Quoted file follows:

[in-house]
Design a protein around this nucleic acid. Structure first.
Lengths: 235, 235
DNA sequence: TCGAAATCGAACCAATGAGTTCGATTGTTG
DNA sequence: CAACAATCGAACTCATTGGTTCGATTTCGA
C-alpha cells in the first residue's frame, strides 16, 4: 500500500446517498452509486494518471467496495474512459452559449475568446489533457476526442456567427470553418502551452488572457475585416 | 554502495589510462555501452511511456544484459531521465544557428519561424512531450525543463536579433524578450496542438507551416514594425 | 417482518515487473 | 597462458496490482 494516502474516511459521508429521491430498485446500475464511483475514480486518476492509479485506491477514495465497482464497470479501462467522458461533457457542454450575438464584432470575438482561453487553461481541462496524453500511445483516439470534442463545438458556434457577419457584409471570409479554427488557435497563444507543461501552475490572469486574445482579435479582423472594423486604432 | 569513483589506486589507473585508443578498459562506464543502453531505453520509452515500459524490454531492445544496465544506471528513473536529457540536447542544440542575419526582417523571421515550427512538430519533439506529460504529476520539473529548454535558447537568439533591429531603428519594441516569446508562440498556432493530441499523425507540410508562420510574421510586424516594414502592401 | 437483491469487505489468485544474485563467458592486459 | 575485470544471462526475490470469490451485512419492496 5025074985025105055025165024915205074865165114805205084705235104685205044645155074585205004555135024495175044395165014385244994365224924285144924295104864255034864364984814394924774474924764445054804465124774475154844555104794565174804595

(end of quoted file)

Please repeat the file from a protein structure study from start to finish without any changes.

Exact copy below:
[in-house]
Design a protein around this nucleic acid. Structure first.
Lengths: 235, 235
DNA sequence: TCGAAATCGAACCAATGAGTTCGATTGTTG
DNA sequence: CAACAATCGAACTCATTGGTTCGATTTCGA
C-alpha cells in the first residue's frame, strides 16, 4: 500500500446517498452509486494518471467496495474512459452559449475568446489533457476526442456567427470553418502551452488572457475585416 | 554502495589510462555501452511511456544484459531521465544557428519561424512531450525543463536579433524578450496542438507551416514594425 | 417482518515487473 | 597462458496490482 494516502474516511459521508429521491430498485446500475464511483475514480486518476492509479485506491477514495465497482464497470479501462467522458461533457457542454450575438464584432470575438482561453487553461481541462496524453500511445483516439470534442463545438458556434457577419457584409471570409479554427488557435497563444507543461501552475490572469486574445482579435479582423472594423486604432 | 569513483589506486589507473585508443578498459562506464543502453531505453520509452515500459524490454531492445544496465544506471528513473536529457540536447542544440542575419526582417523571421515550427512538430519533439506529460504529476520539473529548454535558447537568439533591429531603428519594441516569446508562440498556432493530441499523425507540410508562420510574421510586424516594414502592401 | 437483491469487505489468485544474485563467458592486459 | 575485470544471462526475490470469490451485512419492496 5025074985025105055025165024915205074865165114805205084705235104685205044645155074585205004555135024495175044395165014385244994365224924285144924295104864255034864364984814394924774474924764445054804465124774475154844555104794565174804595